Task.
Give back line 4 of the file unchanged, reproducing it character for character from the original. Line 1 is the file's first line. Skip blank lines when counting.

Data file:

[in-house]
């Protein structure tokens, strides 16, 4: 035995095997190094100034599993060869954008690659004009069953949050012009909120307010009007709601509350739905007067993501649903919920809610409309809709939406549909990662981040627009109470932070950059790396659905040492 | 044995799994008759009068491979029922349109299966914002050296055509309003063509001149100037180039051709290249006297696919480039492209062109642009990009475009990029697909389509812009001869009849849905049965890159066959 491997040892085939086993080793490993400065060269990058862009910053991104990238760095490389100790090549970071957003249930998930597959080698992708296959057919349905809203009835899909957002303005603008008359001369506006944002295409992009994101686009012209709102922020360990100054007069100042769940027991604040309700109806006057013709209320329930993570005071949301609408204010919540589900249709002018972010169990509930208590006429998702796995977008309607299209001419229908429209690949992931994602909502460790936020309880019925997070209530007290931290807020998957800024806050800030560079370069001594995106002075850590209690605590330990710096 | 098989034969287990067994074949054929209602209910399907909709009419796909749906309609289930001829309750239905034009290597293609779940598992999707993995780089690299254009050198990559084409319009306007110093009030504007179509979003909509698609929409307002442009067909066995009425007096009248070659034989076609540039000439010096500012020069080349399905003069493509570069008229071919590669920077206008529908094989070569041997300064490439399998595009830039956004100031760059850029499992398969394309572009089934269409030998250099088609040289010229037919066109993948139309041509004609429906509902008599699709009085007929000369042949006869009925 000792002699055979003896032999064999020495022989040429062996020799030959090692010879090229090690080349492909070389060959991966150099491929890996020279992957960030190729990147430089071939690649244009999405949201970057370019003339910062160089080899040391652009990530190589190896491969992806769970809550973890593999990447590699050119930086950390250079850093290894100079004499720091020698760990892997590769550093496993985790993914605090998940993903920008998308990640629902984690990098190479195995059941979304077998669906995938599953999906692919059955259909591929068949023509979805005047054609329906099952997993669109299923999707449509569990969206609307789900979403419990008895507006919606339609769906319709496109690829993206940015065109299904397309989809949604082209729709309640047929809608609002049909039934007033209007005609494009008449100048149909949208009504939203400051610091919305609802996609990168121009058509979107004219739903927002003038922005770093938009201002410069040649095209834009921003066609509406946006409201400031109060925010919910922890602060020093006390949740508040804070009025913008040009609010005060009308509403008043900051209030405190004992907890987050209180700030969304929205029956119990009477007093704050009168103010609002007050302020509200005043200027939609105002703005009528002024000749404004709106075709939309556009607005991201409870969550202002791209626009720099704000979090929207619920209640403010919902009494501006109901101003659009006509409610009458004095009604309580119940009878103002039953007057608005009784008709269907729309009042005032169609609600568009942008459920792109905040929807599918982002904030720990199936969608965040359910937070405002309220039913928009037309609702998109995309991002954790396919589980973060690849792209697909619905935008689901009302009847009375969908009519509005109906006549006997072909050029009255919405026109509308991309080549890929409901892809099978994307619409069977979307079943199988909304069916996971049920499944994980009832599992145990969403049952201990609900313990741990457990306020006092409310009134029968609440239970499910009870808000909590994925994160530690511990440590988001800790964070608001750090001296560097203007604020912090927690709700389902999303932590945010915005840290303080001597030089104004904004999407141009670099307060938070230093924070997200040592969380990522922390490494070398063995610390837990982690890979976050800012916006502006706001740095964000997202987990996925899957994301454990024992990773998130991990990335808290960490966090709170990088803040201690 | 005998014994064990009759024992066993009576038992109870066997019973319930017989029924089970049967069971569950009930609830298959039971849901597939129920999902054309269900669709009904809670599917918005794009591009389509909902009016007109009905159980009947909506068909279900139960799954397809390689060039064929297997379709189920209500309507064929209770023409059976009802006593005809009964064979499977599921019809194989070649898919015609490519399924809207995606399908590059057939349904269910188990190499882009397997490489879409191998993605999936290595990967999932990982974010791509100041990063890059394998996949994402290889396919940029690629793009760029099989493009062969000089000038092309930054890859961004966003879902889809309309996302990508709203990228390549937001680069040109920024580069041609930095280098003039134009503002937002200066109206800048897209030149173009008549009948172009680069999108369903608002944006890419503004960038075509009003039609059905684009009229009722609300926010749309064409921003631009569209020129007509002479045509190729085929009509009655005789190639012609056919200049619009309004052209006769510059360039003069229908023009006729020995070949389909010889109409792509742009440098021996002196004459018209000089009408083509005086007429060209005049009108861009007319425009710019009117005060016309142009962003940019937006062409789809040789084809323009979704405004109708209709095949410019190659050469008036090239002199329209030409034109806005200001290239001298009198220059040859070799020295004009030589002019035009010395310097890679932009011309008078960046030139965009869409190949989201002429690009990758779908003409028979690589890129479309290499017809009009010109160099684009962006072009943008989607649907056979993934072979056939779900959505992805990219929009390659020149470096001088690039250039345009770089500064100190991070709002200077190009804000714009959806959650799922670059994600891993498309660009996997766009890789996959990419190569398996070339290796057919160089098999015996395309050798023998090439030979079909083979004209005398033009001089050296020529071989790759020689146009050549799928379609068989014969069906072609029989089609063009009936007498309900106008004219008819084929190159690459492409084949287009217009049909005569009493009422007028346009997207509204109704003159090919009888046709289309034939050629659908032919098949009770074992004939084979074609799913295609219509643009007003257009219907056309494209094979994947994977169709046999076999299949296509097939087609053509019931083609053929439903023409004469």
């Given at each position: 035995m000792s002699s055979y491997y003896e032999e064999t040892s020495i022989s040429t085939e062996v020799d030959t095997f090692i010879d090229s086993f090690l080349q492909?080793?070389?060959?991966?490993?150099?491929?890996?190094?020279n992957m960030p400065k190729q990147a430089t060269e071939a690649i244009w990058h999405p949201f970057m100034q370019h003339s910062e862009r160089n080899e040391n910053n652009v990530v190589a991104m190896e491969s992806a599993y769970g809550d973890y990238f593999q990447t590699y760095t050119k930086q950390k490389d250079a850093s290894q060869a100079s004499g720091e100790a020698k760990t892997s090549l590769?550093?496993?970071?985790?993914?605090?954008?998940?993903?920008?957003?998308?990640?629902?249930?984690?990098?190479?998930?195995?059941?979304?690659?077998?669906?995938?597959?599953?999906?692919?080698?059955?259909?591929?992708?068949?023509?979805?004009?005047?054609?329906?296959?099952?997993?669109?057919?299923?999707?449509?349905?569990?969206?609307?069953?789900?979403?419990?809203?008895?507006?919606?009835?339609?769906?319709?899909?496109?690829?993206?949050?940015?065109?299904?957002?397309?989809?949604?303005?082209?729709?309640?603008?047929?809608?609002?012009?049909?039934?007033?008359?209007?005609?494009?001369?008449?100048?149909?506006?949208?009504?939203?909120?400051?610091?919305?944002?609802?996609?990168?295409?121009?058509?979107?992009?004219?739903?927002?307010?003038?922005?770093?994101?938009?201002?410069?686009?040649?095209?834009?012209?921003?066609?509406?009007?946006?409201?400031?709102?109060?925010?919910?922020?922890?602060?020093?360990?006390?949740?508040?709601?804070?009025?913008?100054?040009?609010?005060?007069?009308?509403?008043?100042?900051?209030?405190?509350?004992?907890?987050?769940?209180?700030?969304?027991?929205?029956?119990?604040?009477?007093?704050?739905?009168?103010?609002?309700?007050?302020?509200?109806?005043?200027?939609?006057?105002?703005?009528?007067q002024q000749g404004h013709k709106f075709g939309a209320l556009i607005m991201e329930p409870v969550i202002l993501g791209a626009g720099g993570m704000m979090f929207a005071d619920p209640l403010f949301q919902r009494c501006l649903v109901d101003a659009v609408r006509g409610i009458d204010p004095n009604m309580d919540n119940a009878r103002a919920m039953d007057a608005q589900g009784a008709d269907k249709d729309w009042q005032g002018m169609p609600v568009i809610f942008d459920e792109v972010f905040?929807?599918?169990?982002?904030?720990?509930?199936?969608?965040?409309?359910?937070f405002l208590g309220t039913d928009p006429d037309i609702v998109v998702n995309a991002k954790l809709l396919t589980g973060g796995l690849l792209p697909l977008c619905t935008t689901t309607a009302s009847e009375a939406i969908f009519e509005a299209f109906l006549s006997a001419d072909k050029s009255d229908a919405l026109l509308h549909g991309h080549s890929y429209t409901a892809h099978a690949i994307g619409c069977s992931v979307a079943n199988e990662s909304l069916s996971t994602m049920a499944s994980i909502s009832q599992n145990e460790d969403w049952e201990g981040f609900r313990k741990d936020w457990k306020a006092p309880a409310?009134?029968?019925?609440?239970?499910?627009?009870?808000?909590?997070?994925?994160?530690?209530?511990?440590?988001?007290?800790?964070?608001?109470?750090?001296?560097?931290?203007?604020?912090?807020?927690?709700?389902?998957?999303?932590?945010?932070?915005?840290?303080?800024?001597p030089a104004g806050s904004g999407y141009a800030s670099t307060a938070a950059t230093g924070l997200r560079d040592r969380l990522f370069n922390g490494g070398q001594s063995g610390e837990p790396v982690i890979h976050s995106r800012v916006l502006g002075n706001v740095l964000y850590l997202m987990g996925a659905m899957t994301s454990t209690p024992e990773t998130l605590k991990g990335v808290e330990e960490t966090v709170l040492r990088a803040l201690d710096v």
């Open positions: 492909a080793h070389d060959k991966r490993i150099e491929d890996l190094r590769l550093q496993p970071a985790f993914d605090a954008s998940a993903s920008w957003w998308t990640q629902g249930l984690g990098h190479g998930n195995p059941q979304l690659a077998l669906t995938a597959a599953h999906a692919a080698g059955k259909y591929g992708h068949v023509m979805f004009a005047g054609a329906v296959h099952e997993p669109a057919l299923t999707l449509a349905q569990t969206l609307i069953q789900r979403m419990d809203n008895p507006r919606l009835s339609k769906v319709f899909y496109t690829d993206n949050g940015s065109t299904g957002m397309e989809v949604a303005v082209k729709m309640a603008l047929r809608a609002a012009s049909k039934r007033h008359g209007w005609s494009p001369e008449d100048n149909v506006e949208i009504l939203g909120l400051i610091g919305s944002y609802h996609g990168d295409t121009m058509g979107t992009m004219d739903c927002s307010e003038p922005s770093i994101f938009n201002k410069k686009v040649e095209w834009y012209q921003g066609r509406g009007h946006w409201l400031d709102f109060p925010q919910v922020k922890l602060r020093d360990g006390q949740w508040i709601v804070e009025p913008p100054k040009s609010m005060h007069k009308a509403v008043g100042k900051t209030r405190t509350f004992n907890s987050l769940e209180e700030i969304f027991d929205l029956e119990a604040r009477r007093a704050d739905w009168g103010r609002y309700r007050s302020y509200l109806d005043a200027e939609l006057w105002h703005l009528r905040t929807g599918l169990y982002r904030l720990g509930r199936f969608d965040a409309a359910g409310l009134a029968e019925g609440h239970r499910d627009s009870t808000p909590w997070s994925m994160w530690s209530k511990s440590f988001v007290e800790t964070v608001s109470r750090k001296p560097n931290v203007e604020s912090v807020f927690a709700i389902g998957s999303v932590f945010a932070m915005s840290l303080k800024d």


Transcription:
């Open positions: 492909a080793h070389d060959k991966r490993i150099e491929d890996l190094r590769l550093q496993p970071a985790f993914d605090a954008s998940a993903s920008w957003w998308t990640q629902g249930l984690g990098h190479g998930n195995p059941q979304l690659a077998l669906t995938a597959a599953h999906a692919a080698g059955k259909y591929g992708h068949v023509m979805f004009a005047g054609a329906v296959h099952e997993p669109a057919l299923t999707l449509a349905q569990t969206l609307i069953q789900r979403m419990d809203n008895p507006r919606l009835s339609k769906v319709f899909y496109t690829d993206n949050g940015s065109t299904g957002m397309e989809v949604a303005v082209k729709m309640a603008l047929r809608a609002a012009s049909k039934r007033h008359g209007w005609s494009p001369e008449d100048n149909v506006e949208i009504l939203g909120l400051i610091g919305s944002y609802h996609g990168d295409t121009m058509g979107t992009m004219d739903c927002s307010e003038p922005s770093i994101f938009n201002k410069k686009v040649e095209w834009y012209q921003g066609r509406g009007h946006w409201l400031d709102f109060p925010q919910v922020k922890l602060r020093d360990g006390q949740w508040i709601v804070e009025p913008p100054k040009s609010m005060h007069k009308a509403v008043g100042k900051t209030r405190t509350f004992n907890s987050l769940e209180e700030i969304f027991d929205l029956e119990a604040r009477r007093a704050d739905w009168g103010r609002y309700r007050s302020y509200l109806d005043a200027e939609l006057w105002h703005l009528r905040t929807g599918l169990y982002r904030l720990g509930r199936f969608d965040a409309a359910g409310l009134a029968e019925g609440h239970r499910d627009s009870t808000p909590w997070s994925m994160w530690s209530k511990s440590f988001v007290e800790t964070v608001s109470r750090k001296p560097n931290v203007e604020s912090v807020f927690a709700i389902g998957s999303v932590f945010a932070m915005s840290l303080k800024d």